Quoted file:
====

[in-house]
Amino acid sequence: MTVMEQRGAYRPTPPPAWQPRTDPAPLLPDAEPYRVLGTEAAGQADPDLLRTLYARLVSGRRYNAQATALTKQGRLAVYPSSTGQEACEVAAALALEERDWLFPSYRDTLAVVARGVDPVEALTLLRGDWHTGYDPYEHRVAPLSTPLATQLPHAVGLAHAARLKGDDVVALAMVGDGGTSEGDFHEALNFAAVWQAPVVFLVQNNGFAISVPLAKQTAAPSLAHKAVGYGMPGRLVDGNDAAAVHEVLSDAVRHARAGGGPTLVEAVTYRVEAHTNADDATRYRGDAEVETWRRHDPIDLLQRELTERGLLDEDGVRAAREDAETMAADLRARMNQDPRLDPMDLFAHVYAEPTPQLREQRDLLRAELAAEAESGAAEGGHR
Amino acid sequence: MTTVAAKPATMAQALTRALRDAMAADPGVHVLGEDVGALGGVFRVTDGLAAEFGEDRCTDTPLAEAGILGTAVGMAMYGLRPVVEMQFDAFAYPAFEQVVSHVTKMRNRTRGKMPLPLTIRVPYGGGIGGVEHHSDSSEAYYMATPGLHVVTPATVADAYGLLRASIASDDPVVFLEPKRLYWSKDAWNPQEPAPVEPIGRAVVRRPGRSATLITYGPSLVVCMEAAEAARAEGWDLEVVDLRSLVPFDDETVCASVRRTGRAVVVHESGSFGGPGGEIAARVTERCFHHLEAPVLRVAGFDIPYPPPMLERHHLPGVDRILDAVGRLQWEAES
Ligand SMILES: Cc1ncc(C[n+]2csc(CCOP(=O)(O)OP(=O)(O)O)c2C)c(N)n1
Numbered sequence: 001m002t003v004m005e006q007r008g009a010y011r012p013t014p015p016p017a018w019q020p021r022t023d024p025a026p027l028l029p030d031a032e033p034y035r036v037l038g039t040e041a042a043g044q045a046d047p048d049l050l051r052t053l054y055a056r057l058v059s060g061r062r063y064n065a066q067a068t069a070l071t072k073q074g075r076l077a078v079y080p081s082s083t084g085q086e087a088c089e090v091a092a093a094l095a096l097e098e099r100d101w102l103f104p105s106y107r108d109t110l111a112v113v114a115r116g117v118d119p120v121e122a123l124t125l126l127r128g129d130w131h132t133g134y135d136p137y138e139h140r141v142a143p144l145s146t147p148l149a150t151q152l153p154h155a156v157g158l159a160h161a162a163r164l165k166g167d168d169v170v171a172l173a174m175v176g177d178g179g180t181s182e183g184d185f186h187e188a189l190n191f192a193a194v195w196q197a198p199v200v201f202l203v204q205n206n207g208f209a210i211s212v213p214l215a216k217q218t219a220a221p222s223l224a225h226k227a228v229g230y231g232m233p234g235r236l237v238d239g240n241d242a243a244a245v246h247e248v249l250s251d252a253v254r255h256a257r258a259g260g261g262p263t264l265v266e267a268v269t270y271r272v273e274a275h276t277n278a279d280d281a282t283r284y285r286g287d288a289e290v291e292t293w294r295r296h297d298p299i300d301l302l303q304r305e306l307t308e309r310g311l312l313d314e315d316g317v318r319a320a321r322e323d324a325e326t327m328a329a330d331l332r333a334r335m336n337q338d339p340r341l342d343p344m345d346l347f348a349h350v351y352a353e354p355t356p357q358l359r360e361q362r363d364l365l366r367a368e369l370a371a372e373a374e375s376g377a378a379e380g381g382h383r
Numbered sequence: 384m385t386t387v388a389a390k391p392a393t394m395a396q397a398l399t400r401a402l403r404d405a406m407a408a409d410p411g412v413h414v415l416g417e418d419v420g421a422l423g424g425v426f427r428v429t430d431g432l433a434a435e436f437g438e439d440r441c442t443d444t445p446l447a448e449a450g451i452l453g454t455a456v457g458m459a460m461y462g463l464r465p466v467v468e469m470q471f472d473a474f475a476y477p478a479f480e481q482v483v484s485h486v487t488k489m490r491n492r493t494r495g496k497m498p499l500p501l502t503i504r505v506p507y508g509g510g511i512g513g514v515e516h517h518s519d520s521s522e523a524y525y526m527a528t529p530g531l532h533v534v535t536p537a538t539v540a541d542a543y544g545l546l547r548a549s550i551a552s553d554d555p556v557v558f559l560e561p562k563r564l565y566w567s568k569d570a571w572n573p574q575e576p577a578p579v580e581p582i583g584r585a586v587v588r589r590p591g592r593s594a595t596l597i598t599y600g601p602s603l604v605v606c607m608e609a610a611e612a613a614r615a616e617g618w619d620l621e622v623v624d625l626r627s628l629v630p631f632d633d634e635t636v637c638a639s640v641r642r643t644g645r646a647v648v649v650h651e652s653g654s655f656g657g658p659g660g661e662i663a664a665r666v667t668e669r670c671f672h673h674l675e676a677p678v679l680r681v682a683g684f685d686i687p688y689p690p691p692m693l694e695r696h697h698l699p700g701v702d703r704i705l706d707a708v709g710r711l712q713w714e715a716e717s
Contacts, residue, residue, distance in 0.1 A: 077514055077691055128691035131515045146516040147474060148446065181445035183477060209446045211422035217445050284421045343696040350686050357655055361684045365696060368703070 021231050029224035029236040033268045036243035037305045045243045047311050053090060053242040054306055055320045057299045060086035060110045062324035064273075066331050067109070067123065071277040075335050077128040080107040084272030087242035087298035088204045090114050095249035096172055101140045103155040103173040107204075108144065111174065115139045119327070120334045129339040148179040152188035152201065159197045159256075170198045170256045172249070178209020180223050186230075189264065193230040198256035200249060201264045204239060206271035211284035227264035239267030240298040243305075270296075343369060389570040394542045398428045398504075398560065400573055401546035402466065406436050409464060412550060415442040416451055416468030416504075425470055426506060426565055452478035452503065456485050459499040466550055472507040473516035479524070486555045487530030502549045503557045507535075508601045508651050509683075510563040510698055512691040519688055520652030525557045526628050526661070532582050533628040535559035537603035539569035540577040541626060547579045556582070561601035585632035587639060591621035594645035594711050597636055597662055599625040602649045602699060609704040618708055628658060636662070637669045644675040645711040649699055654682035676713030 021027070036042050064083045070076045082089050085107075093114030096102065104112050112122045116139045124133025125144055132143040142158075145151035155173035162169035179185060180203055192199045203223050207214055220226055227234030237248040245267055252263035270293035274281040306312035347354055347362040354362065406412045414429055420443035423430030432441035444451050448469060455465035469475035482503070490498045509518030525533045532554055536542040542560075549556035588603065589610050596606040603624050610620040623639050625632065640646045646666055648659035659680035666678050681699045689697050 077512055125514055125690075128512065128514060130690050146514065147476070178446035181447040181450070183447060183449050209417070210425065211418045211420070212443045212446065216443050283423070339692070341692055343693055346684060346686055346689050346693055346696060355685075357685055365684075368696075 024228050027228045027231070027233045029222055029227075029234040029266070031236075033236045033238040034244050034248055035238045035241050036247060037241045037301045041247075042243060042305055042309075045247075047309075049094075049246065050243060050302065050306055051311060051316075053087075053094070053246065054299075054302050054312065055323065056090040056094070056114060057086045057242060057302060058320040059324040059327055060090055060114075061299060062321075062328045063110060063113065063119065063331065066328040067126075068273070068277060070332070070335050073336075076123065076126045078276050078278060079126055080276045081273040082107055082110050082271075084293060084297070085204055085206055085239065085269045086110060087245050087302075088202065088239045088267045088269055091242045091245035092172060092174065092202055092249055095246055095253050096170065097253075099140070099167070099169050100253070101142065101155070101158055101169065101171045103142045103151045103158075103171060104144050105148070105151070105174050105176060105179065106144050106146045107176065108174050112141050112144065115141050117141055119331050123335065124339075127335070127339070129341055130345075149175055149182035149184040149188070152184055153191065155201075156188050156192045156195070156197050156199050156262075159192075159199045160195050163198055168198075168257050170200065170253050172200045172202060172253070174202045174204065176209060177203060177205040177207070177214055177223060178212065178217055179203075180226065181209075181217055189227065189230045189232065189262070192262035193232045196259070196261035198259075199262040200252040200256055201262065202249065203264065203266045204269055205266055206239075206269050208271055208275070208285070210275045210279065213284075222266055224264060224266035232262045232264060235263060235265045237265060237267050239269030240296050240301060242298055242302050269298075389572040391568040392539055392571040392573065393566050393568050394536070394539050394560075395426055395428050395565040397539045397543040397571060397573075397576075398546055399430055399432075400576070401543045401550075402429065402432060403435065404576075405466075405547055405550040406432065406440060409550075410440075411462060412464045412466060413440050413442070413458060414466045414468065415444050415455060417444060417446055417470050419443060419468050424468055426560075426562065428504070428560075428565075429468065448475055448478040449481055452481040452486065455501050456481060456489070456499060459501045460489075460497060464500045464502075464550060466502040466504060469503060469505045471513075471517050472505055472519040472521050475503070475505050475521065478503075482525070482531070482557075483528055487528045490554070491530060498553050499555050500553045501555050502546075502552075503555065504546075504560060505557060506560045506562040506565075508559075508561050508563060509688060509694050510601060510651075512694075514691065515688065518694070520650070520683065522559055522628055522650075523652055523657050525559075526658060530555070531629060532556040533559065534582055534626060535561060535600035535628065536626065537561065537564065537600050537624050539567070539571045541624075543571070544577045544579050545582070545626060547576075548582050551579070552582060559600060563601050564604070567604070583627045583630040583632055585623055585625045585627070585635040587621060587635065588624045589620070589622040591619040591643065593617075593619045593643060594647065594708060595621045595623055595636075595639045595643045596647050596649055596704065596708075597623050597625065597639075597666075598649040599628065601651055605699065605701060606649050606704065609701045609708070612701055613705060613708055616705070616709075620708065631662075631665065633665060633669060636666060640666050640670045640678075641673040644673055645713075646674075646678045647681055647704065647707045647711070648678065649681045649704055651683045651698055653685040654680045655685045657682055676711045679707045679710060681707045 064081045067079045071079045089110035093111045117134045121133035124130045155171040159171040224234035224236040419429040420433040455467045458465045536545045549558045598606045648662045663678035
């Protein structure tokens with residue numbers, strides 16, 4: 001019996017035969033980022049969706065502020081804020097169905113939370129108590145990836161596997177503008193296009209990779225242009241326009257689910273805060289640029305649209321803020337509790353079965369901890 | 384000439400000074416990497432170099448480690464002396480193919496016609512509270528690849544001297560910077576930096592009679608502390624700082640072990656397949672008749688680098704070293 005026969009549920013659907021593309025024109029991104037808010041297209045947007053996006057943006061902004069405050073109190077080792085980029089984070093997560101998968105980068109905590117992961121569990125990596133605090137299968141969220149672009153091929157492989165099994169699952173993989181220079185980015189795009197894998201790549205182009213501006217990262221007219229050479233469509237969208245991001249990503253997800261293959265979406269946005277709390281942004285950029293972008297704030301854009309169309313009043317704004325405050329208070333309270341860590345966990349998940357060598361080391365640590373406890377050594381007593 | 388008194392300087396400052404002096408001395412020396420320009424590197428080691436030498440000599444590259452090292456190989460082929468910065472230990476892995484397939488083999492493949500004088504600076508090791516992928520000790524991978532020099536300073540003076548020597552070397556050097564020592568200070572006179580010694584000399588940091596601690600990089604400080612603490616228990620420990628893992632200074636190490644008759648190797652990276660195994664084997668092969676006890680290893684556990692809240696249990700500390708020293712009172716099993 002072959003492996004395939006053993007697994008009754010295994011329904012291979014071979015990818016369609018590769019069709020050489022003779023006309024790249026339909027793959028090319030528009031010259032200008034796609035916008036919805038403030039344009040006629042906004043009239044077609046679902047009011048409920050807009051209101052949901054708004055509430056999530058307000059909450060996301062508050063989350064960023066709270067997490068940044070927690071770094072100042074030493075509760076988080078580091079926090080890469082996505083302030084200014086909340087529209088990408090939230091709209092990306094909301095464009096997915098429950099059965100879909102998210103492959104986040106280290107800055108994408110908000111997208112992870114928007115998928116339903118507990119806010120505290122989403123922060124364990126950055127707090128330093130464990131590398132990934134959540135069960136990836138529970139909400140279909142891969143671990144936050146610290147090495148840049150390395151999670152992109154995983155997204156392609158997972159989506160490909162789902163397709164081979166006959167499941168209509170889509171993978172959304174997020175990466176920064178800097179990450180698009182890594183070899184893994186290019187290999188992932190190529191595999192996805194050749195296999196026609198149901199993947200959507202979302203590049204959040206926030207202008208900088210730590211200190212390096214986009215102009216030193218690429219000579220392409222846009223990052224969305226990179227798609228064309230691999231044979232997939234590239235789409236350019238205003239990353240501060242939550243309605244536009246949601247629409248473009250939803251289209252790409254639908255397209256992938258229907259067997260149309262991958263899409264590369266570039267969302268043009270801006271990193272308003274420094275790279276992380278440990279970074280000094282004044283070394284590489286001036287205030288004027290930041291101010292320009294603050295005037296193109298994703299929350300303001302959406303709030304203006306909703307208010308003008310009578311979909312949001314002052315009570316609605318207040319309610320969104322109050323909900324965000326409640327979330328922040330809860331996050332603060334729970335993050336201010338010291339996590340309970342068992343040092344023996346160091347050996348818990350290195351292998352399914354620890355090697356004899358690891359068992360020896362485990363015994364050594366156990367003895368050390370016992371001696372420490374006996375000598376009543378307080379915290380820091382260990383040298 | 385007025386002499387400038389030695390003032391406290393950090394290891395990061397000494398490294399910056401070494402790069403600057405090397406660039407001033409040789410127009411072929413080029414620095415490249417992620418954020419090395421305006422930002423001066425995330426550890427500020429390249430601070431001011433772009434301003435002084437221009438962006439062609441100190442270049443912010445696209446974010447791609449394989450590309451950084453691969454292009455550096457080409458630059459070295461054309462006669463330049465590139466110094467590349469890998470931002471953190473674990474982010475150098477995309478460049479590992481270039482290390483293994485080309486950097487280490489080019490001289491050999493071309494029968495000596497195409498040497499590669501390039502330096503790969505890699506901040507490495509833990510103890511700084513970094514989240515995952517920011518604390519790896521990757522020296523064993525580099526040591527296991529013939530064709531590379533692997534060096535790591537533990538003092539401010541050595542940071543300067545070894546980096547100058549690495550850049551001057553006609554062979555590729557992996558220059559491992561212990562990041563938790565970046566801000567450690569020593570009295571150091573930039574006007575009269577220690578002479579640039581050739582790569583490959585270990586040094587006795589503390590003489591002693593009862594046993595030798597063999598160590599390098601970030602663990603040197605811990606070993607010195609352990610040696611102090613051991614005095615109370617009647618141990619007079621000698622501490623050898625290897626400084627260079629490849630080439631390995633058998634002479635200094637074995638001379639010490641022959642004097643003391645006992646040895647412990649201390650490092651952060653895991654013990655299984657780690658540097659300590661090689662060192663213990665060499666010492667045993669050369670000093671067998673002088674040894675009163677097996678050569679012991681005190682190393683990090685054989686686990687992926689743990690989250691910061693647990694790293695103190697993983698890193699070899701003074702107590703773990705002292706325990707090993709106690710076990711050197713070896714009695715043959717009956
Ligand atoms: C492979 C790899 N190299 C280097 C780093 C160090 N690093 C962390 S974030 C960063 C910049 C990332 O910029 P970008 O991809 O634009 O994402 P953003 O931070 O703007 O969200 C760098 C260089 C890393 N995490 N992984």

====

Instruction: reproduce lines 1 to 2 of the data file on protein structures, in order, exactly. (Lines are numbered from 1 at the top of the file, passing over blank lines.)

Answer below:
[in-house]
Amino acid sequence: MTVMEQRGAYRPTPPPAWQPRTDPAPLLPDAEPYRVLGTEAAGQADPDLLRTLYARLVSGRRYNAQATALTKQGRLAVYPSSTGQEACEVAAALALEERDWLFPSYRDTLAVVARGVDPVEALTLLRGDWHTGYDPYEHRVAPLSTPLATQLPHAVGLAHAARLKGDDVVALAMVGDGGTSEGDFHEALNFAAVWQAPVVFLVQNNGFAISVPLAKQTAAPSLAHKAVGYGMPGRLVDGNDAAAVHEVLSDAVRHARAGGGPTLVEAVTYRVEAHTNADDATRYRGDAEVETWRRHDPIDLLQRELTERGLLDEDGVRAAREDAETMAADLRARMNQDPRLDPMDLFAHVYAEPTPQLREQRDLLRAELAAEAESGAAEGGHR